A central part of my practice is calculating the expected return for stocks. There are a number of great techniques for doing this. The following is from John Hussman’s weekly newsletter where he compares two different expected return techniques against actual 10yr returns over the last 70 years.

As you can see, the techniques work pretty well. They mainly fall down when PE ratios deviate from the norm for an unusually extended period of time. And these techniques currently project S&P 500 returns in the 5% (nominal) neighborhood. Using Shiller’s PE10 for estimating returns gives you a similar graph (see here for graph that includes Shiller data and for the technical details of how he does his projections).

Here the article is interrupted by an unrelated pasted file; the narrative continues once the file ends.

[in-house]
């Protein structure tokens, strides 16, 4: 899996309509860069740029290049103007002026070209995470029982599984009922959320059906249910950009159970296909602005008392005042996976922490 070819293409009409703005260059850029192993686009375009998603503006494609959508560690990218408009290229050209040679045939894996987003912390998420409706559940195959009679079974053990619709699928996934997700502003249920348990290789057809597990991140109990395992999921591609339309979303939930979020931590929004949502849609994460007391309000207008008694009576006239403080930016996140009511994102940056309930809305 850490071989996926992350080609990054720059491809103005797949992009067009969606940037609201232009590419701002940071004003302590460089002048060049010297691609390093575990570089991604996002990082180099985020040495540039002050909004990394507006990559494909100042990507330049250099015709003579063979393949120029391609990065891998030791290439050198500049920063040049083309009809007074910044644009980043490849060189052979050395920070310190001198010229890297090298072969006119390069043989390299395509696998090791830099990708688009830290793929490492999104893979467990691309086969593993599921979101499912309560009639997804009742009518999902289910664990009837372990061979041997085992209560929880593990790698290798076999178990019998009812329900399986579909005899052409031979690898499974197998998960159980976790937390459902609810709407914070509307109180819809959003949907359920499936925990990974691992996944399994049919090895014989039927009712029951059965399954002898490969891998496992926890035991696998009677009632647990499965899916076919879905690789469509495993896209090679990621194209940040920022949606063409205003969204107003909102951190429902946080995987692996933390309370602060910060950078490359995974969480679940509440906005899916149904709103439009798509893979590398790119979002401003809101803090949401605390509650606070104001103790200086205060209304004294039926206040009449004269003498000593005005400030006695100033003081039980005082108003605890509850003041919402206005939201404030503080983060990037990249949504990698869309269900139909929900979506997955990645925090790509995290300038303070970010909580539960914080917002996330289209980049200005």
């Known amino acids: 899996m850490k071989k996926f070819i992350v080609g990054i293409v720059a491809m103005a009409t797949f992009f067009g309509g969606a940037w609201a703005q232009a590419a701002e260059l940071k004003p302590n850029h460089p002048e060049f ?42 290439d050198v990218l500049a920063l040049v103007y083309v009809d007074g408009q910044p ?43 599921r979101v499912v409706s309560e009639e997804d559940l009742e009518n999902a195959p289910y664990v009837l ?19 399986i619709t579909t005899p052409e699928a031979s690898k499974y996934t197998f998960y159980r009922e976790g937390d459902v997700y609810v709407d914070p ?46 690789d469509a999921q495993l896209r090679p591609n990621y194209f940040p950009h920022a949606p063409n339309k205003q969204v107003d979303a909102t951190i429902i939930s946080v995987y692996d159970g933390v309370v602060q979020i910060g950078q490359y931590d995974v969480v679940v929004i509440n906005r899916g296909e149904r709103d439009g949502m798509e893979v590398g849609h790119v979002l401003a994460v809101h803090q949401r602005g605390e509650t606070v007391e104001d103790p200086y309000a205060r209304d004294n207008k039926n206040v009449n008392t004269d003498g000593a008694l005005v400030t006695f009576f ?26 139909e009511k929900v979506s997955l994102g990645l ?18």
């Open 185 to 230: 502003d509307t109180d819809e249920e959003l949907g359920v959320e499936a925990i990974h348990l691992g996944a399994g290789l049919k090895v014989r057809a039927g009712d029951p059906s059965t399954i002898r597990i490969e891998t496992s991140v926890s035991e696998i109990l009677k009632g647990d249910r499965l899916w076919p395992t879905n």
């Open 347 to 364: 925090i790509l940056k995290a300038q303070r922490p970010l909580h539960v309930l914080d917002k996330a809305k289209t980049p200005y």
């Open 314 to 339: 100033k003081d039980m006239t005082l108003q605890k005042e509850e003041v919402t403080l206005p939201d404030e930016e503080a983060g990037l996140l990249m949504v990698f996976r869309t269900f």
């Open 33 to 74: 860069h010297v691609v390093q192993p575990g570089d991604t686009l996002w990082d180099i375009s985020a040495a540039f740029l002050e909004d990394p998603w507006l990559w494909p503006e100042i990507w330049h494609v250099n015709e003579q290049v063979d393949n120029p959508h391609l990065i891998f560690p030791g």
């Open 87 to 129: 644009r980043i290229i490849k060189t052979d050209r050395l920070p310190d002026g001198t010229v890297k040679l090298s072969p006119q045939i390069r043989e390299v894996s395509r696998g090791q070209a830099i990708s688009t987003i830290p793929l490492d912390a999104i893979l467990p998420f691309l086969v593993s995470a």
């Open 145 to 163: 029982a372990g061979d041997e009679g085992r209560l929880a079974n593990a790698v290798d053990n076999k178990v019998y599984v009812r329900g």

If you assume valuations are not going to revert (i.e., stay at current high levels) and that inflation will meet expectations (around 2.7%) you could boost this number as high as 7% if you want to be optimistic. And if you think that tilting a portfolio to small and value adds another 1%, you could reach 8%. But expecting stocks to return higher than 8% over the next 10 to 15 years goes from “optimistic” to “dreaming”.

And emerging markets aren’t going to save this either. Their valuations are already on par with the US market and while their economies are growing much faster, this does NOT translate into much higher earnings growth for the stock market (it shows up as new capital formation/ new share issuance).